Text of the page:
Block on Trump's Asylum Ban Upheld by Supreme Court
Reading is the laboratory of the mind.
It is where we experiment with ideas, played out on an inner stage set by a writer against the background of another place and time. And when we choose a book for leisure reading, it should be for the adventure of that world more than to escape our own.
So you want to know how this ends? For law students and lawyers, try reading one of these books this summer:
Starting with an American classic, every student of the law should read Herman Melville's last novel. Short enough to read on a cross-country flight, it tells the story of a sailor impressed into service aboard a warship.
Michael Krauss, a law professor at George Mason University of Law School, says it is a "magnificent examination of the role of a judge" and a "masterpiece on legal interpretation."
"It reads like a thriller, but is full of bits of history and constitutional law that lawyers will love," says Trevor Potter, who served as general counsel for John McCain's presidential campaigns.
"Did you know both houses of Congress voted to amend the Constitution to enshrine the right to own slaves in the Constitution -- and make it the one amendment that could never be amended?" he asks for the ABA Journal. "They did. All in an attempt to mollify the Southern states."
John F. Kennedy's blood stained American history, but he made his mark in ink as well. Before he became president of the United States, he won a Pulitzer Prize for "Profiles in Courage." He was revising "A Nation of Immigrants" when he was assassinated.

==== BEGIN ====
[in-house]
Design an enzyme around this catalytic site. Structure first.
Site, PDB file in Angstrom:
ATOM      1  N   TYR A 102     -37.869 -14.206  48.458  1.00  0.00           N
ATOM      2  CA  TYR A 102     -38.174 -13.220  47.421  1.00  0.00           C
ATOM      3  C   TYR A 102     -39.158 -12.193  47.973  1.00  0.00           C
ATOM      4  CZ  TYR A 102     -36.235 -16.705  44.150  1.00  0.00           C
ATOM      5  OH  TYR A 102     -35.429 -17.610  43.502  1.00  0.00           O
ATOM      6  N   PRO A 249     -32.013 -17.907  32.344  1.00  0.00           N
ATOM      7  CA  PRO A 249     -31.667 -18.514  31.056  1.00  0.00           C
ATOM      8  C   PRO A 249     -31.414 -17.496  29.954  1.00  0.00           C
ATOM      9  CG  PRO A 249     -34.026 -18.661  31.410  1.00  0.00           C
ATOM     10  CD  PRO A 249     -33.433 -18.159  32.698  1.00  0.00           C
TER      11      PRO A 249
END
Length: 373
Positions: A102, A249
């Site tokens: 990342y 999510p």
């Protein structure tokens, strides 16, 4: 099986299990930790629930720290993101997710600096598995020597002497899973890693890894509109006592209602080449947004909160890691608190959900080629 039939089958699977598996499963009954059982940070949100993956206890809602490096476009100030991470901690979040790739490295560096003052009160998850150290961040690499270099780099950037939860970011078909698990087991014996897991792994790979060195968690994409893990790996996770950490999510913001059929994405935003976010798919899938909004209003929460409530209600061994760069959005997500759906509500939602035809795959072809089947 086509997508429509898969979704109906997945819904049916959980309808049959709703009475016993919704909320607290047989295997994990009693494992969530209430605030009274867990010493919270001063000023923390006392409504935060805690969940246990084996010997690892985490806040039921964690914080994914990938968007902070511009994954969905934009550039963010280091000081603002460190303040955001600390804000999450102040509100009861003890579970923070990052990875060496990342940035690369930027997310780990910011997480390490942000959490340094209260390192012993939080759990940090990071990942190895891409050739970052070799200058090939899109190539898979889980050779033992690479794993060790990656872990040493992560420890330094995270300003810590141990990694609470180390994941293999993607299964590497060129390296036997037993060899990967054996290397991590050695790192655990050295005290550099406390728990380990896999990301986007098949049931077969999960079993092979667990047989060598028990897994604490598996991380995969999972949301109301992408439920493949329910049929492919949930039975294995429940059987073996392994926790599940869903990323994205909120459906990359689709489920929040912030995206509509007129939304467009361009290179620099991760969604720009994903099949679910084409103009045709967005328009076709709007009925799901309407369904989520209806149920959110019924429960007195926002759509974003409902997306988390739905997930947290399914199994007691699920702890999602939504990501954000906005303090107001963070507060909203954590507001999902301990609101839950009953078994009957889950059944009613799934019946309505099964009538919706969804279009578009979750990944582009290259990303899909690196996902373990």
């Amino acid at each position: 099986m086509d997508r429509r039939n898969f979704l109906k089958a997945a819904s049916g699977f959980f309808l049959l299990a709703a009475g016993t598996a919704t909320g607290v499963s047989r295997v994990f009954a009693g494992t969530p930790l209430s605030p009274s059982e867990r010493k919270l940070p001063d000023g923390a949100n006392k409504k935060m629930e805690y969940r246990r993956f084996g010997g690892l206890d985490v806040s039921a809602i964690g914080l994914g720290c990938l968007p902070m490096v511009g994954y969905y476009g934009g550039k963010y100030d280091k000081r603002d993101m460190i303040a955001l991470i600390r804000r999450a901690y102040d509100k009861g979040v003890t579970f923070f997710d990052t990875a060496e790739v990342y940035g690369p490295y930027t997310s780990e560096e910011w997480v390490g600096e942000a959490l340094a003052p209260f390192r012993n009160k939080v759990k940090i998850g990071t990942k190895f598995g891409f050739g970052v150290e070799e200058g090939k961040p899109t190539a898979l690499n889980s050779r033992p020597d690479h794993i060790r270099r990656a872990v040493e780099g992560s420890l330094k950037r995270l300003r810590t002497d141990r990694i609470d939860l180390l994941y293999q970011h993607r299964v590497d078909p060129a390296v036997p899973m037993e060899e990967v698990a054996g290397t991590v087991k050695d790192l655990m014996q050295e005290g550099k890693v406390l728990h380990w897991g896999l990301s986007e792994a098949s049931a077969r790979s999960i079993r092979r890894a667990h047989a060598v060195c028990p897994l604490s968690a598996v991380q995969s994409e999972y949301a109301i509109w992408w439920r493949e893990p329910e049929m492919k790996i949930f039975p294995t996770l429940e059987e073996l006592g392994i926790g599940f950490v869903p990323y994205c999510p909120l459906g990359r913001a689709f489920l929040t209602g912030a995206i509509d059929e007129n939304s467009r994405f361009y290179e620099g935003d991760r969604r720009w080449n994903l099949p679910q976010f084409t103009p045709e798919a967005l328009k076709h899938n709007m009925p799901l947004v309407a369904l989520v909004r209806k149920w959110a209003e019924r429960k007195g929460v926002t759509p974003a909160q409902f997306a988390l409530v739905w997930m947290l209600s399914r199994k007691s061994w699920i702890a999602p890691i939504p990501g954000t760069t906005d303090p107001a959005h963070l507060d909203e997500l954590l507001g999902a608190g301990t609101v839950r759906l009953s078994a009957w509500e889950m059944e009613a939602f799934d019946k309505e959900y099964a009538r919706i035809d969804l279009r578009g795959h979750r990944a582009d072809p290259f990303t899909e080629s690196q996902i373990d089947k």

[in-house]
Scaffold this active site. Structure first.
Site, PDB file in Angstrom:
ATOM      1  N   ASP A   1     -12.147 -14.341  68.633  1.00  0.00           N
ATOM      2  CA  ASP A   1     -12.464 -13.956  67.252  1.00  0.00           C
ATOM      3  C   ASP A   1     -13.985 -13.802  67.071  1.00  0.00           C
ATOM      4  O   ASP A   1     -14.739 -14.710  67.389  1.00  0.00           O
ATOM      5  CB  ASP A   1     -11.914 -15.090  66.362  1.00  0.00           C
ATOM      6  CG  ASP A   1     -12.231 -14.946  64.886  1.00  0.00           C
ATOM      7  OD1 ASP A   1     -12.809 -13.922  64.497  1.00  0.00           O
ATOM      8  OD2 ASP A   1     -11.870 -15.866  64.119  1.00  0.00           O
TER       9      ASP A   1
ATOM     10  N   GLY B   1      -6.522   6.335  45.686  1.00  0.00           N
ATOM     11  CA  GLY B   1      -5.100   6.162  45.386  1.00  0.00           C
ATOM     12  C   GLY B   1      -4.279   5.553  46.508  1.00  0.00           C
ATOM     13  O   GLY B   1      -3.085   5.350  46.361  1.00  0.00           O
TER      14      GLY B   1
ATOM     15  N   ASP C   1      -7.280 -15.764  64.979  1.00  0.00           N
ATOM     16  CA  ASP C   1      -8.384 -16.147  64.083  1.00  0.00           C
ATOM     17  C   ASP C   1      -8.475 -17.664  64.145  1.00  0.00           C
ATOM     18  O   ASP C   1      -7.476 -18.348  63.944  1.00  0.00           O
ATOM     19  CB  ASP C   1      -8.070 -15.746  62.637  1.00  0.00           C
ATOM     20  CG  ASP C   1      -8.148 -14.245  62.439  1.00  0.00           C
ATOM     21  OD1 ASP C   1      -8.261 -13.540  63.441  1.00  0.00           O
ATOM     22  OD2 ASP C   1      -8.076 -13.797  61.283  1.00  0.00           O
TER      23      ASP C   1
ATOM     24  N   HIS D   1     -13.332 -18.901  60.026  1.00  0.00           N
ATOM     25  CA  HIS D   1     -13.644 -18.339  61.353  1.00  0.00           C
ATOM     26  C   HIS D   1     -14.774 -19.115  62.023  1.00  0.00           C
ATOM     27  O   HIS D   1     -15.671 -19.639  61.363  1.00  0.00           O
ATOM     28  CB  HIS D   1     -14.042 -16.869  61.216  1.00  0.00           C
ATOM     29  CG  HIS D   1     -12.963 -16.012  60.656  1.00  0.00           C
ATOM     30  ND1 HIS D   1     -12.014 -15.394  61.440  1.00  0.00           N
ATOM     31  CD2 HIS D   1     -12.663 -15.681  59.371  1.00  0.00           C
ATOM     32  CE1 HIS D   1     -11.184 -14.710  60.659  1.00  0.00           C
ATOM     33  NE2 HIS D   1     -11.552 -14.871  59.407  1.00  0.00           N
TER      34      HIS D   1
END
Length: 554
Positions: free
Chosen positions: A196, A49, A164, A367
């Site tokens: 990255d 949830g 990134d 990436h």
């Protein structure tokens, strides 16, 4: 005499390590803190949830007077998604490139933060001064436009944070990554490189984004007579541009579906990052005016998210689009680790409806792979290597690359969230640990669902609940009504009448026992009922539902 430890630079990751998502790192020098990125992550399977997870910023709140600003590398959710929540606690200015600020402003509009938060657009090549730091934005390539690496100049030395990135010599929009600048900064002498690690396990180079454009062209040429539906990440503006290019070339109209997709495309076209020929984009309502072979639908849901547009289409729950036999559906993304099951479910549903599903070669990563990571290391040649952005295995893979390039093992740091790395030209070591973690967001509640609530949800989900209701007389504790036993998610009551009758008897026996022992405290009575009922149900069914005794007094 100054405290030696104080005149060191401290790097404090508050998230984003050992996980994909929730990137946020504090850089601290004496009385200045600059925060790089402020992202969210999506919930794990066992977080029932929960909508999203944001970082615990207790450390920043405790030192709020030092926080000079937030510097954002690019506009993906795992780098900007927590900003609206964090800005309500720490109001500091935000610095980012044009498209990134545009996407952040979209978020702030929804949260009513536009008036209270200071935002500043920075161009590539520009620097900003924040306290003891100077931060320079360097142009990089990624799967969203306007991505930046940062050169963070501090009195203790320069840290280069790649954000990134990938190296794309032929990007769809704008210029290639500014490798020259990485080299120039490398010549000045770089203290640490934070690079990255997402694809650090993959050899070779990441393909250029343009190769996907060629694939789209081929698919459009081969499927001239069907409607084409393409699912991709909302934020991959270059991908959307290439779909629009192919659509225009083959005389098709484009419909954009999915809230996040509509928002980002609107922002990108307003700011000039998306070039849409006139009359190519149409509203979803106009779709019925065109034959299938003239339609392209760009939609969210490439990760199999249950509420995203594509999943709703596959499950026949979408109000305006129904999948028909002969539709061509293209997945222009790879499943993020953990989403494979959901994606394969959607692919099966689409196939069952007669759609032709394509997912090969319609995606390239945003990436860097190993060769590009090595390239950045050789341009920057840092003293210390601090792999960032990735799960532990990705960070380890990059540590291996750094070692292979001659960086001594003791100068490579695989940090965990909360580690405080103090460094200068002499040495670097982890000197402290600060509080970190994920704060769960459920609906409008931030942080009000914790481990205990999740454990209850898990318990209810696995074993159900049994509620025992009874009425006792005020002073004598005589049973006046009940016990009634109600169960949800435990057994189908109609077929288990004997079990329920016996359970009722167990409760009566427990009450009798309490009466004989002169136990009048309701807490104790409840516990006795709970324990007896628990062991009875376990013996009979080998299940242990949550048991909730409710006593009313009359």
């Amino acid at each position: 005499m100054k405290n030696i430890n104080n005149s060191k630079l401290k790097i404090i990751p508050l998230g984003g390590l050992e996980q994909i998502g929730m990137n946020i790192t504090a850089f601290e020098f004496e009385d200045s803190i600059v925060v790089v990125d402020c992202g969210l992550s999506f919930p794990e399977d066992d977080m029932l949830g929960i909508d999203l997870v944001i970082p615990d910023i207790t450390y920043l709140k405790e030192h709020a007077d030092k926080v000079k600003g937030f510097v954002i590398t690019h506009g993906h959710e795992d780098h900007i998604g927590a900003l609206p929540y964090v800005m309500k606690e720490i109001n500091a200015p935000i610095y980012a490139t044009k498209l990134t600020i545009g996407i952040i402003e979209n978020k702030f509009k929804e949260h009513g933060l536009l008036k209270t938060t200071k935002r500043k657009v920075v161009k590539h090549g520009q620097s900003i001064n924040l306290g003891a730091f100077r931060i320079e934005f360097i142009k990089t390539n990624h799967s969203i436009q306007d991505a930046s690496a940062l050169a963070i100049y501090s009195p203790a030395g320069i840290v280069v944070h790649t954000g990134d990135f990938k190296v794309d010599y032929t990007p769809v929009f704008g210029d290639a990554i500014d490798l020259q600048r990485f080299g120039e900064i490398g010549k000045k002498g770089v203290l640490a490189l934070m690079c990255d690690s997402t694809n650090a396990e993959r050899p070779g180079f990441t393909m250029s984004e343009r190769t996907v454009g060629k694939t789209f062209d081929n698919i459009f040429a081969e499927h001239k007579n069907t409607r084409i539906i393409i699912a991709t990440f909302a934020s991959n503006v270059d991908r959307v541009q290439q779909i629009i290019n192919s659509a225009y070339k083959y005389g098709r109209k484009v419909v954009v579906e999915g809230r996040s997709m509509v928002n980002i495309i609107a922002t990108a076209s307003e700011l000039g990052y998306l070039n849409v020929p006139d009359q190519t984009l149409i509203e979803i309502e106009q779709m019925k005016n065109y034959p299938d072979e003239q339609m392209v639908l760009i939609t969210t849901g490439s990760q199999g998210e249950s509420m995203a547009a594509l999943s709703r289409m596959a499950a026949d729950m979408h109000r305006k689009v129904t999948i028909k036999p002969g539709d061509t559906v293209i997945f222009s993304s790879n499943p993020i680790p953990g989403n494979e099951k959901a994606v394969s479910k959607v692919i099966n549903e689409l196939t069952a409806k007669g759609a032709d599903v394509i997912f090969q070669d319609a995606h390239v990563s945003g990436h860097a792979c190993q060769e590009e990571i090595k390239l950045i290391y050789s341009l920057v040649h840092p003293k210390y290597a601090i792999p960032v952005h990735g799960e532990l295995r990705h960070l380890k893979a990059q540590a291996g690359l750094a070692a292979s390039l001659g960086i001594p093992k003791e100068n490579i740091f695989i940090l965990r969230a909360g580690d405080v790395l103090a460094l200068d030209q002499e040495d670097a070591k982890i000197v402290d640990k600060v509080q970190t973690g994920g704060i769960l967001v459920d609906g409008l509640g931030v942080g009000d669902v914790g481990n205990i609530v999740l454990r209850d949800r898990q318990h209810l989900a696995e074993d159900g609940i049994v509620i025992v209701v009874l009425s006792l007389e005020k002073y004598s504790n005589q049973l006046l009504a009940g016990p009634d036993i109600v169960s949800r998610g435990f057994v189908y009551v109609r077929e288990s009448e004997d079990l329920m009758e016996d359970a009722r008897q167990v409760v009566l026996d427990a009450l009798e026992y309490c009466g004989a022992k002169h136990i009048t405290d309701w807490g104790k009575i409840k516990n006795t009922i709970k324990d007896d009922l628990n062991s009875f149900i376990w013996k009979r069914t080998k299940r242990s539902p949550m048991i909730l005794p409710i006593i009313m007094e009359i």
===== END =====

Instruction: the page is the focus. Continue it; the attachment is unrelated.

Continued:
"This book is a fast read that reinforces the dynamic role newcomers play in American life and culture," says Stephen N. Zack, past president of the American Bar Association. "It reminds us that each successive wave of newcomers to our country has made it stronger and more vital."
Book reviewers say this best-selling memoir is the only book to make sense out of the election of Donald Trump. "You will not read a more important book about America this year," says the Economist.
Written by Yale Law School graduate J.D. Vance, it describes Appalachian poverty and observations from the working class. It's also on Bill Gates' summer reading list.
It's too early to get RBG's workout book, which will be released in October, but the California Lawyer says "The Legacy of Ruth Bader Ginsburg" is "just the right length for a week's vacation."
The 326-page collection of stories outlines her life and legacy. It includes personal anecdotes about her marriage, tenure at the American Civil Liberties Union, career as a law professor and decisions from the bench.
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